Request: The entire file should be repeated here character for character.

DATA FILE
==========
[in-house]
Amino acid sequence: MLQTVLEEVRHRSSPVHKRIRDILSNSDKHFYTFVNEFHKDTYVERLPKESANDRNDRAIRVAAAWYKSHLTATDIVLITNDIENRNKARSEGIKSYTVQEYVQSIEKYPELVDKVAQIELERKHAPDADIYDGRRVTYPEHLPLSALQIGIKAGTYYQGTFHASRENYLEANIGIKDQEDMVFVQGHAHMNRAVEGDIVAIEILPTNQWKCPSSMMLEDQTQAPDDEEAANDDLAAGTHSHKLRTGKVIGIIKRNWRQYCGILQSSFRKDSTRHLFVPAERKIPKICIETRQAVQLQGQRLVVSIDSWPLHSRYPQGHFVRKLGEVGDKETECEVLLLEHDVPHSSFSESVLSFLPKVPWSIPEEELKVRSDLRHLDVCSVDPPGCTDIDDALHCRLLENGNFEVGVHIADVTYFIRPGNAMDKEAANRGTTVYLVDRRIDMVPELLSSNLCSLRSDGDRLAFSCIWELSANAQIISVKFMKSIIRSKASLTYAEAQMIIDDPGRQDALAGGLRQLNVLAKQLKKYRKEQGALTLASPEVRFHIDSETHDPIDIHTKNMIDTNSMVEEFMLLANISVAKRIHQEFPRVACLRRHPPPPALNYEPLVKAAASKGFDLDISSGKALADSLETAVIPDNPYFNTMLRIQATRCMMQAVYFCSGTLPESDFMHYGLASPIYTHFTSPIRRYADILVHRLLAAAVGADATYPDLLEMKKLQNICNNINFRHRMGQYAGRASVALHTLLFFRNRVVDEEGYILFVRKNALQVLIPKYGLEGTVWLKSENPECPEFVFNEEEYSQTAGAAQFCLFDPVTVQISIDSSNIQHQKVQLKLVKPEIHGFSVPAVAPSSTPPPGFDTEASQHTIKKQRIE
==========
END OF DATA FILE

[in-house]
Amino acid sequence: MLQTVLEEVRHRSSPVHKRIRDILSNSDKHFYTFVNEFHKDTYVERLPKESANDRNDRAIRVAAAWYKSHLTATDIVLITNDIENRNKARSEGIKSYTVQEYVQSIEKYPELVDKVAQIELERKHAPDADIYDGRRVTYPEHLPLSALQIGIKAGTYYQGTFHASRENYLEANIGIKDQEDMVFVQGHAHMNRAVEGDIVAIEILPTNQWKCPSSMMLEDQTQAPDDEEAANDDLAAGTHSHKLRTGKVIGIIKRNWRQYCGILQSSFRKDSTRHLFVPAERKIPKICIETRQAVQLQGQRLVVSIDSWPLHSRYPQGHFVRKLGEVGDKETECEVLLLEHDVPHSSFSESVLSFLPKVPWSIPEEELKVRSDLRHLDVCSVDPPGCTDIDDALHCRLLENGNFEVGVHIADVTYFIRPGNAMDKEAANRGTTVYLVDRRIDMVPELLSSNLCSLRSDGDRLAFSCIWELSANAQIISVKFMKSIIRSKASLTYAEAQMIIDDPGRQDALAGGLRQLNVLAKQLKKYRKEQGALTLASPEVRFHIDSETHDPIDIHTKNMIDTNSMVEEFMLLANISVAKRIHQEFPRVACLRRHPPPPALNYEPLVKAAASKGFDLDISSGKALADSLETAVIPDNPYFNTMLRIQATRCMMQAVYFCSGTLPESDFMHYGLASPIYTHFTSPIRRYADILVHRLLAAAVGADATYPDLLEMKKLQNICNNINFRHRMGQYAGRASVALHTLLFFRNRVVDEEGYILFVRKNALQVLIPKYGLEGTVWLKSENPECPEFVFNEEEYSQTAGAAQFCLFDPVTVQISIDSSNIQHQKVQLKLVKPEIHGFSVPAVAPSSTPPPGFDTEASQHTIKKQRIE